The President also referred to Washington’s relationship with Pakistan, which he described as “a very good one”. “...We are beginning to see signs of big progress with Pakistan,” he said.

It is interesting that Mr. Trump chose to reaffirm Washington’s improving ties with Pakistan at a public meeting in Ahmedabad with Prime Minister Narendra Modi. It may not be an accidental reference.

An irritant

The Trump administration and Islamabad have made sustained efforts in recent months to improve bilateral ties, despite India’s earnest attempts to isolate Pakistan over its support for terrorist groups operating from its soil. While both sides sit together for bilaterals on Tuesday, the Pakistan factor may continue to be an irritant.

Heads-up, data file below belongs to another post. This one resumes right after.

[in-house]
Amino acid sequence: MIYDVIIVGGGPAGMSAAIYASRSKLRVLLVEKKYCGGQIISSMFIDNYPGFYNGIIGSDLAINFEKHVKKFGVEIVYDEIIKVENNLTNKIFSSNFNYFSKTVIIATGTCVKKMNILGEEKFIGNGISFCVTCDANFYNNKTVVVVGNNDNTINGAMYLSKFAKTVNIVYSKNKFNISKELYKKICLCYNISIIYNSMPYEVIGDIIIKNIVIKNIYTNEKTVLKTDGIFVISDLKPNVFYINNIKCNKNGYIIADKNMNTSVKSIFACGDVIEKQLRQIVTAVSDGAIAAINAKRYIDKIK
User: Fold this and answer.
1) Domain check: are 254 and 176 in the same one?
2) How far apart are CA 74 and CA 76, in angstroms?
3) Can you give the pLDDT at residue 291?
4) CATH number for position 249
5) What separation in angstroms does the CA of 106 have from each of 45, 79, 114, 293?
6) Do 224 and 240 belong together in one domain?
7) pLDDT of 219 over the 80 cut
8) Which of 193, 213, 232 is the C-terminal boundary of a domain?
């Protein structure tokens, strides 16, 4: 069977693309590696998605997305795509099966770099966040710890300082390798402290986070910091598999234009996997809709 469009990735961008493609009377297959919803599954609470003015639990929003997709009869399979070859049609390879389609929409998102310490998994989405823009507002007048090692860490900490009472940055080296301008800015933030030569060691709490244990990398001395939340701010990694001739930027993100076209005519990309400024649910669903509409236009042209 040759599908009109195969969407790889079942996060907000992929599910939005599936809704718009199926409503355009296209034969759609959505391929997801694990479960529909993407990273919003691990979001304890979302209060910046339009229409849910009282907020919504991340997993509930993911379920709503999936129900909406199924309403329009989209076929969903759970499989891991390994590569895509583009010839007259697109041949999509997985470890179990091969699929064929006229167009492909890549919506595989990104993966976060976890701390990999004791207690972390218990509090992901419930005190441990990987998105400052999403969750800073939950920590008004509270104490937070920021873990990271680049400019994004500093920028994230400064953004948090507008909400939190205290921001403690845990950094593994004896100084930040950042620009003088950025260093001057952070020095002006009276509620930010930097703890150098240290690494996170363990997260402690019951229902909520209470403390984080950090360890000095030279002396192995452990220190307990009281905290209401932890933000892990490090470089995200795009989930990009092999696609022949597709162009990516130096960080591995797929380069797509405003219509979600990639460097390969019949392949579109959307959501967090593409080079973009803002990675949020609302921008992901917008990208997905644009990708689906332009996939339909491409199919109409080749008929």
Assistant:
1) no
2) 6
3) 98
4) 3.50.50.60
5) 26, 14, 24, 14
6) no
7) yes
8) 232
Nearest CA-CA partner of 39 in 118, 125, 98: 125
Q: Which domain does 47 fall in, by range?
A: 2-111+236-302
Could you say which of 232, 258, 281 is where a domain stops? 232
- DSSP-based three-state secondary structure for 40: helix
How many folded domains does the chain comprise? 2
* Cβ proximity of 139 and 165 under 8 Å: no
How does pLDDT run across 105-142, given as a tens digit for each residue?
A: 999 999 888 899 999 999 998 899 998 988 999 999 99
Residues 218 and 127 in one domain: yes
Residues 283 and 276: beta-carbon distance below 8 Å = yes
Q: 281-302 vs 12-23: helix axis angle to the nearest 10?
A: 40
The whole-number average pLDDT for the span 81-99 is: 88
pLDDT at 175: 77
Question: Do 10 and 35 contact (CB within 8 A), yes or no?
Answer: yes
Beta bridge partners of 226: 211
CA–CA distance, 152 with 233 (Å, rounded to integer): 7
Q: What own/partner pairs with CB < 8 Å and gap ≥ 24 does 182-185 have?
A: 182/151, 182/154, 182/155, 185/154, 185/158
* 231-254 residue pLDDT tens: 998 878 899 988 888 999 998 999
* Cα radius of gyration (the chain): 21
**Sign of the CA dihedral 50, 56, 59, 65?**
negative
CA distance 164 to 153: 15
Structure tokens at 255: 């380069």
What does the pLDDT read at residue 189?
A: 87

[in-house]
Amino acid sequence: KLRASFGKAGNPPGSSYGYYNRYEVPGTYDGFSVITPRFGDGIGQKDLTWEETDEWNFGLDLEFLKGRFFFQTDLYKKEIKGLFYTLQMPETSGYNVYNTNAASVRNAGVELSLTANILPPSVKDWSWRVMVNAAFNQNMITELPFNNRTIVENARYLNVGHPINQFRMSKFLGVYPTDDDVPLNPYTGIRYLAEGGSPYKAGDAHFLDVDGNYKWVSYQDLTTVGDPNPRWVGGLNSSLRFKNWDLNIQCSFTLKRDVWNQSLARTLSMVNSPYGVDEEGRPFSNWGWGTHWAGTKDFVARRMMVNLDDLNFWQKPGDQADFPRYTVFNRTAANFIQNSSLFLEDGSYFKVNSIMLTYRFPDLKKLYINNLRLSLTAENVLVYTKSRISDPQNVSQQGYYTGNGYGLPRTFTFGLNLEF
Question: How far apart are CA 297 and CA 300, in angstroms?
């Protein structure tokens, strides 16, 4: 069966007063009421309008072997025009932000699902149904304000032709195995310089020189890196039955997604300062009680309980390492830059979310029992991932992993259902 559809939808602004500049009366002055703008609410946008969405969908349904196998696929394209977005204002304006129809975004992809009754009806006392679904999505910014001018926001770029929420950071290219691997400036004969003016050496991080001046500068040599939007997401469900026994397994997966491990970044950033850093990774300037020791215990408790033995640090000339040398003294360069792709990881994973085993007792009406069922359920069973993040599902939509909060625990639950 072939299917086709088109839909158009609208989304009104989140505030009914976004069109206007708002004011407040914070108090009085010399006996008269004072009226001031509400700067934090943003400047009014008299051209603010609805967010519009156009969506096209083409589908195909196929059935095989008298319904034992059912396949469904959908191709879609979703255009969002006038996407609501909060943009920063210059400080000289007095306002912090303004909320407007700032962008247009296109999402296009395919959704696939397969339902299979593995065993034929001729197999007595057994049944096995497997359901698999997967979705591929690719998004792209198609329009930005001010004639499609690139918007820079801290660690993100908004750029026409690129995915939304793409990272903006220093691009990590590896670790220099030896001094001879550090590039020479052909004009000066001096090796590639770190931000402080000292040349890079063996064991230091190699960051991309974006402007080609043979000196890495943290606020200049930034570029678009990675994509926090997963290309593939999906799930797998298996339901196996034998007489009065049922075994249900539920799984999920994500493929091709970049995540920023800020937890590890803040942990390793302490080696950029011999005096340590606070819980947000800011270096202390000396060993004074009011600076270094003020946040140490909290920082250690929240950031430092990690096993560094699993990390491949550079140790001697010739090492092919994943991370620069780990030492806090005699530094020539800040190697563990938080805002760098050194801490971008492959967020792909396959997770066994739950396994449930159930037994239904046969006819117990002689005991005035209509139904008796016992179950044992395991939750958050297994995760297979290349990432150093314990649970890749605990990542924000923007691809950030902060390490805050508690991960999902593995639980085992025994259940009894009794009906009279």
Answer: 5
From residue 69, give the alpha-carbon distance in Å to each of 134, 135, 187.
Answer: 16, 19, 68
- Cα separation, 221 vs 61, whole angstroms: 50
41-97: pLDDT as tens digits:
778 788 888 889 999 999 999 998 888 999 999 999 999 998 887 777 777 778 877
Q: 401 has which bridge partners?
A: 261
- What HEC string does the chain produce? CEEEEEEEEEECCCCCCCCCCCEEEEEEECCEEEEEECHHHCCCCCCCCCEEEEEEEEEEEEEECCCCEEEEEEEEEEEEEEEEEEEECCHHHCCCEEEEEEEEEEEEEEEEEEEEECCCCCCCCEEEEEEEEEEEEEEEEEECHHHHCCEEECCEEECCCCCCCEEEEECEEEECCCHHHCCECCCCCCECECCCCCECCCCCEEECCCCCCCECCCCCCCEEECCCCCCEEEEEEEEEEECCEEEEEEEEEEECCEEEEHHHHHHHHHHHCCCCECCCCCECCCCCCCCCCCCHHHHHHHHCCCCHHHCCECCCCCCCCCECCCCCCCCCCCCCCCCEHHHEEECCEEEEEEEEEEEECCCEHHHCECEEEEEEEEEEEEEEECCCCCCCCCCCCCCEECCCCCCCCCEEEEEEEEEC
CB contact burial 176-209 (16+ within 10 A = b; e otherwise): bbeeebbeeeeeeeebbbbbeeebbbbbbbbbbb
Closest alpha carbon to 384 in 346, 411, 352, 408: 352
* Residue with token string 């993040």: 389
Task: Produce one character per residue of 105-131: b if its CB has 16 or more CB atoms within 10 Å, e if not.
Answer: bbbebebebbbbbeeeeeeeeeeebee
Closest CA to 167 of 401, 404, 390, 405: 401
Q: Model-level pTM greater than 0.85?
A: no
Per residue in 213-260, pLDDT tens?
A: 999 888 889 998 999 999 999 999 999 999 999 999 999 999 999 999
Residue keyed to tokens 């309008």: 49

Mr. Trump’s visit to India happens at a time when the U.S. and Taliban are observing a seven-day period of violence reduction in Afghanistan. If the test period passes without any major violent incident, both sides are expected to sign a peace agreement under which the U.S. would pull out its troops.

Pakistan had played a critical role in facilitating direct talks between the insurgents and the Americans. And if the U.S. leaves Afghanistan, it will directly strengthen the hands of the Taliban in Afghanistan, which means Pakistan’s profile in Afghanistan will be lifted. This would leave the U.S. overly dependent on Pakistan to shape Afghan politics in the future.